It’s not often that people go missing without a trace.
But that’s what happened to Tumwater resident Logan Schiendelman in May.
Nearly eight months later, the Thurston County Sheriff’s Office is out of ideas, Sgt. Carla Carter said.
“All leads have been exhausted at this point,” Carter said. “The case remains open and active, and any tip that we receive is thoroughly investigated.”
Despite the lack of new information, Schiendelman’s friends and family haven’t given up hope. They’ve put up countless fliers throughout Thurston County and followed up on leads on their own. They hope that the 20-year-old is still out there alive and well, and that he’ll contact them someday.
“Even if he contacted us and told us that he didn’t want to come back, that would be something,” said Mary Ware, Schiendelman’s aunt.
“But I think that if he could call one of us, he would. Especially his mother.”
Schiendelman is one of several people who went missing last year — but most people who go missing in Thurston County show up sooner or later.
“In a majority of missing persons cases, we’re lucky enough to find people relatively quickly. But of course, there are those ones where we never learn what happened to them, or the case ends tragically,” said Lt. Paul Lower of the Olympia Police Department.
“As a police officer, those ones really bug you.”
For example: The Olympia Police Department began investigating the disappearance of Gail Doyle, 60, in early June. But soon, the Thurston County Sheriff’s Office picked up the case as a homicide investigation.
James E. Stidd, a 66-year-old Thurston County man, is charged in her death. He pleaded not guilty in June to second-degree murder while armed with a deadly weapon, tampering with physical evidence, and four counts of first-degree unlawful possession of a firearm.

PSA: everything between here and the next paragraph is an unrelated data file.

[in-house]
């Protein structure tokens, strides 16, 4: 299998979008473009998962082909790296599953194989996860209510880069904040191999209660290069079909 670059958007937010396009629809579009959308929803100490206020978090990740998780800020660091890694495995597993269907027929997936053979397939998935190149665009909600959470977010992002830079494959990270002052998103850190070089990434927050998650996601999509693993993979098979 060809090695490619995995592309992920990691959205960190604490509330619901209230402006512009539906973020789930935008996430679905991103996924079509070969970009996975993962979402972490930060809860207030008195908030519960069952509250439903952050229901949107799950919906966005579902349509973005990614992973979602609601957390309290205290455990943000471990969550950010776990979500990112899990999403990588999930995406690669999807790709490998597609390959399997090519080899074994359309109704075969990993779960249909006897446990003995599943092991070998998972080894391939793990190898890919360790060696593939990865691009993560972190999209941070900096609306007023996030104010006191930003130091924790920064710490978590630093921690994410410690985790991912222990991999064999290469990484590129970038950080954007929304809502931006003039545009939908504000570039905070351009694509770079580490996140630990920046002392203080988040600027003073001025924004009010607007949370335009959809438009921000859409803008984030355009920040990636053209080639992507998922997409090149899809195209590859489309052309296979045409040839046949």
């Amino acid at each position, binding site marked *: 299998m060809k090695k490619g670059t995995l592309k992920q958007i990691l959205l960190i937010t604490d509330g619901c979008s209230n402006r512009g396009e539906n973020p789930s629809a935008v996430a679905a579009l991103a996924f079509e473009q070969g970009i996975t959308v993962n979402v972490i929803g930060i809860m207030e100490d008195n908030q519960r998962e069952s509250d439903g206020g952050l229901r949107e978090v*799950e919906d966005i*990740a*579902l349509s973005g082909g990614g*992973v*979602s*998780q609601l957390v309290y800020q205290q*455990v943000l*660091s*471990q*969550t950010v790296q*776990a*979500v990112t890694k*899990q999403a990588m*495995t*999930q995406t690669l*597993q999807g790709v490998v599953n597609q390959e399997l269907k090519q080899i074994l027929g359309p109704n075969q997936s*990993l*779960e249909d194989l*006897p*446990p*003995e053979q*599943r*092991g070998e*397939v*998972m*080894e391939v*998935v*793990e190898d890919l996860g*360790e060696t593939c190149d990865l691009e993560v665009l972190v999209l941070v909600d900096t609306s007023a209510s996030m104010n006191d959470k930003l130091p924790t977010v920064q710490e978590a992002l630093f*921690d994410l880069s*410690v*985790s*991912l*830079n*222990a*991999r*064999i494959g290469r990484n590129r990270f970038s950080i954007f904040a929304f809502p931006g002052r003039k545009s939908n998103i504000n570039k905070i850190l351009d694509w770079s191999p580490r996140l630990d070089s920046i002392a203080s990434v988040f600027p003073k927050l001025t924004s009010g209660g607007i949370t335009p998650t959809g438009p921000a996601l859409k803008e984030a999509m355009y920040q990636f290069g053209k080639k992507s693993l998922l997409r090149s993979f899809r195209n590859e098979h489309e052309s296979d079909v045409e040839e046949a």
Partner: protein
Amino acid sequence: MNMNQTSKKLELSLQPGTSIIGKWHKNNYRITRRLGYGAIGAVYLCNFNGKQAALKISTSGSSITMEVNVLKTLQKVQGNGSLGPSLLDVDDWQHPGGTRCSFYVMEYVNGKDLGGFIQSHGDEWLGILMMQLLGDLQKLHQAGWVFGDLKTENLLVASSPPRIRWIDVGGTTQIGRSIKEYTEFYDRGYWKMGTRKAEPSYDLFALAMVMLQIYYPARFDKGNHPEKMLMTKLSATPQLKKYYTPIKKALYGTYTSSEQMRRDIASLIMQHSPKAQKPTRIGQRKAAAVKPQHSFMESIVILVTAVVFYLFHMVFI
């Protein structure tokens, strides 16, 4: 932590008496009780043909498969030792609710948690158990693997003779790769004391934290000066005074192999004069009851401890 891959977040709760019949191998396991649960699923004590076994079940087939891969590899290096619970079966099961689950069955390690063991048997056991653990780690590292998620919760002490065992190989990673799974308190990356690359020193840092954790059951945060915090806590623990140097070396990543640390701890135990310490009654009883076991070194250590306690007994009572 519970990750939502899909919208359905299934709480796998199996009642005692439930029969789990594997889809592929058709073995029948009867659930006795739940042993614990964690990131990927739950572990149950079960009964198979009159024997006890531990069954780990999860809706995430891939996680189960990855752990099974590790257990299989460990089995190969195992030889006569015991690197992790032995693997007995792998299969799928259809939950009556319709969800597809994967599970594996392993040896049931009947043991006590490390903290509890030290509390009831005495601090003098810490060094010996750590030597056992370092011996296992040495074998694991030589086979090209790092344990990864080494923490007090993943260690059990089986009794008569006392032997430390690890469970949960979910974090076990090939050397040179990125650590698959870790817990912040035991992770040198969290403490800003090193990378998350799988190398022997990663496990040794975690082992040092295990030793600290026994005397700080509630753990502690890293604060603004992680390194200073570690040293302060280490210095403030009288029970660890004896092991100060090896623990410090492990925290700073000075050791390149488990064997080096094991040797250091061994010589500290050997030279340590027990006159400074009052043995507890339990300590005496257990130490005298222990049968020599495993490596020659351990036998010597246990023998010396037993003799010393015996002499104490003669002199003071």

Stidd is being held in the Thurston County jail, with bail set at $2 million. His trial has been postponed a few times and is now set for the week of March 6.
However, her remains have not yet been found. She is still missing.
“We have no discernible evidence of where the remains of Gail Doyle lie,” Carter said. “We exhaust all leads and continue to move forward with prosecution without a body.”
Thurston County Prosecutor Jon Tunheim said he has never before personally handled a homicide case in which the victim has not been found, but he has attended many trainings on the subject. Typically, the cases are more complicated because there’s more to prove.
“In a no-body situation, the first thing you have to prove beyond a reasonable doubt is that the person is, in fact, deceased,” Tunheim said.
Prosecutors then have to prove that the nature of the death was homicide and that the suspect killed the victim.
“They tend to be very labor-intensive cases,” he said.
Keeping hope for Logan alive
Ware said she’s still in disbelief about Schiendelman’s May 19 disappearance. She said it’s not like him to take off without telling anyone.
“Personally, I am still in a bit of a shock over the whole thing,” Ware said. “We’re all just completely frustrated and worried.”
“We’re all going through sleepless nights, wondering if we could have found him if we’d done something different.”
His car, a black 1996 Chrysler Sebring convertible, was towed from the shoulder of southbound Interstate 5 the day after he went missing. It was found at milepost 92, near Maytown. Schiendelman’s personal belongings — including his wallet and cellphone — were found inside.
In the days following, rumors surfaced that a man who wasn’t Schiendelman was seen running from the car.
The details lead Ware to believe something bad may have happened to her nephew. She doesn’t think he would have left his phone and wallet behind.
“Nineteen-year-old boys just don’t seem to function without their phones — at least he didn’t,” Ware said.
She said it’s hard not to think about other high-profile missing persons cases in the region — for example, Nancy Moyer of Tenino who went missing in 2009 at age 36, and Lindsey Baum of McCleary, who went missing in 2009 at age 10. She said she sometimes wonders if whatever happened to Moyer and Baum happened to her nephew, too.
Soon after Schiendelman went missing, his friends and family launched a large-scale public campaign asking the community for information and urging people not to forget him.